While Begag throws in elements of his spoken dialect of Arabic, saying “Chkoun?” when someone comes to the door and using the Darija for common household items, the text’s spoken dynamic comes through even more clearly with the father Bouzid, whose accent is reproduced without explanation. “Ci Allah qui dicide ça. Bi titre, j’va bartir l’anni brouchaine, bi titre li mois brouchain.” “C’est Allah qui décide ça. Peut-être je vais partir l’année prochaine, peut-être le mois prochain,” Begag “translates” in his glossary. A francophone reader has little trouble deciphering even the most complicated of these mispronunciations because they follow French orthography, even with Arabic phonetic rules, but it’s impossible and inaccurate to reproduce the effect in translation. The very nature of accents and dialects requires that they be peculiar to a particular location or demographic—how can one find an equivalent to those things without taking on additional, and unnecessary, cultural significance in the target language?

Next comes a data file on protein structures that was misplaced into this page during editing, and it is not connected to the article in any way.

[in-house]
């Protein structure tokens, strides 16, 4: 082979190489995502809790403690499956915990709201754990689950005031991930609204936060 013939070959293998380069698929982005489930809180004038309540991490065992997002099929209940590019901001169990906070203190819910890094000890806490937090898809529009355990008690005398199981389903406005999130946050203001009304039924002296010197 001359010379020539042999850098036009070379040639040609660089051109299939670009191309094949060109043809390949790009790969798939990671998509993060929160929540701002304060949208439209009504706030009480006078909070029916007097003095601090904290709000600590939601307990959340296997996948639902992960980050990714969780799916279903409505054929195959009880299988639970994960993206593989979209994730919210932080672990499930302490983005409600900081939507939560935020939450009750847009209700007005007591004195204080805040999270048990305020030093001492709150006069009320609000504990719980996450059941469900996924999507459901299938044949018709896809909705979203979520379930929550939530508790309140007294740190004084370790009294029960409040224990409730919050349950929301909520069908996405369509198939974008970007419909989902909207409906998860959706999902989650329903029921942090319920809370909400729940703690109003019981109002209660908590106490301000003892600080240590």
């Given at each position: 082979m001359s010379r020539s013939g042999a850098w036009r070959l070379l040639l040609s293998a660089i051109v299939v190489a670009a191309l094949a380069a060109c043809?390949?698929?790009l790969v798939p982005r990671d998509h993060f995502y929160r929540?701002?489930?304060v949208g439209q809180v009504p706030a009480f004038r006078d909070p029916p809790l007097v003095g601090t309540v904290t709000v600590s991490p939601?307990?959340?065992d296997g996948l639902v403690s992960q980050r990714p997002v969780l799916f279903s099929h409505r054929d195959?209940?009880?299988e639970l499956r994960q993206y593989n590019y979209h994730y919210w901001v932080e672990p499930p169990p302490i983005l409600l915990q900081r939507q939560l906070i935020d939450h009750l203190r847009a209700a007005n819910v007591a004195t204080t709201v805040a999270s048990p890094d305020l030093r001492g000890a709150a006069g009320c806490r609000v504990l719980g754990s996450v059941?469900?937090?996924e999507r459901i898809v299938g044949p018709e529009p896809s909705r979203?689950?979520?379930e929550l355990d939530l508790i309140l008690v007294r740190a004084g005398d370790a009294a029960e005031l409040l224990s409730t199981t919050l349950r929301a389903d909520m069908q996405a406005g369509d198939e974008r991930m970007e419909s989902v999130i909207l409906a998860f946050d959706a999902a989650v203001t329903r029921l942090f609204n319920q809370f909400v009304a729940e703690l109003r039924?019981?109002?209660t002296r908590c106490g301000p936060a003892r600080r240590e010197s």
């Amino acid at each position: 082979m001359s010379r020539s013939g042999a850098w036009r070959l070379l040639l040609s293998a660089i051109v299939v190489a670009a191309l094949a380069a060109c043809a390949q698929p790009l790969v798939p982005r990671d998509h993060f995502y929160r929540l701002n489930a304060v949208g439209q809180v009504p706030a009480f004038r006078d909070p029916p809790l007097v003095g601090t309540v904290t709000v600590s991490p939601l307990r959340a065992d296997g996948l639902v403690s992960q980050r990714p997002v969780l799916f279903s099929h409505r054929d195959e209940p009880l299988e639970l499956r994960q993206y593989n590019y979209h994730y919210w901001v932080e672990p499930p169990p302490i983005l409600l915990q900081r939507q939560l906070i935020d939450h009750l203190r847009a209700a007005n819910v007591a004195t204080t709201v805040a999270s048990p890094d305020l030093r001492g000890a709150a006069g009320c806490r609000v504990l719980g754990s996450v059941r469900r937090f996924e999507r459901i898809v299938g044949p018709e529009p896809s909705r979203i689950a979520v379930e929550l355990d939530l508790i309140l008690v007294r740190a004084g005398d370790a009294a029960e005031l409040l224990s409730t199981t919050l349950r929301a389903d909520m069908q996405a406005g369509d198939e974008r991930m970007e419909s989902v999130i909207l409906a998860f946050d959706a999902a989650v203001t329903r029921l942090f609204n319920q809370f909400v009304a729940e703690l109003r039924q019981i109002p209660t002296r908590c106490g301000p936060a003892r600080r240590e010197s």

In both cases, translators Naima Wolf and Alec Hargreaves did not try to do so; bracketed definitions and even whole lines of text reworked in English are scattered throughout their translation: “Ci Allah qui dicide ça. Bi titre, j’va bartir l’anni brouchaine, bi titre li mois brouchain. [That’s for Allah to decide. Maybe I’ll go back next year, maybe next month]” (199). The final line of the book falls a little flat when it has to be repeated between brackets. The English translation of Begag’s novel, entitled Shantytown Kid, reads like an academic text, complete with bracketed text explanations of both these oral French approximations and unfamiliar words, a lengthy glossary, and a bibliography of other texts on Begag and beur literature. Begag’s original glossaries were mostly ironic (his Guide de la phraséologie bouzidienne “translates” some of Bouzid’s French mispronunciations, for example), but the English translators submerged the ironies in professorial earnestness for the benefit of the Anglophone reader.
Hargreaves writes in his introduction to the translation: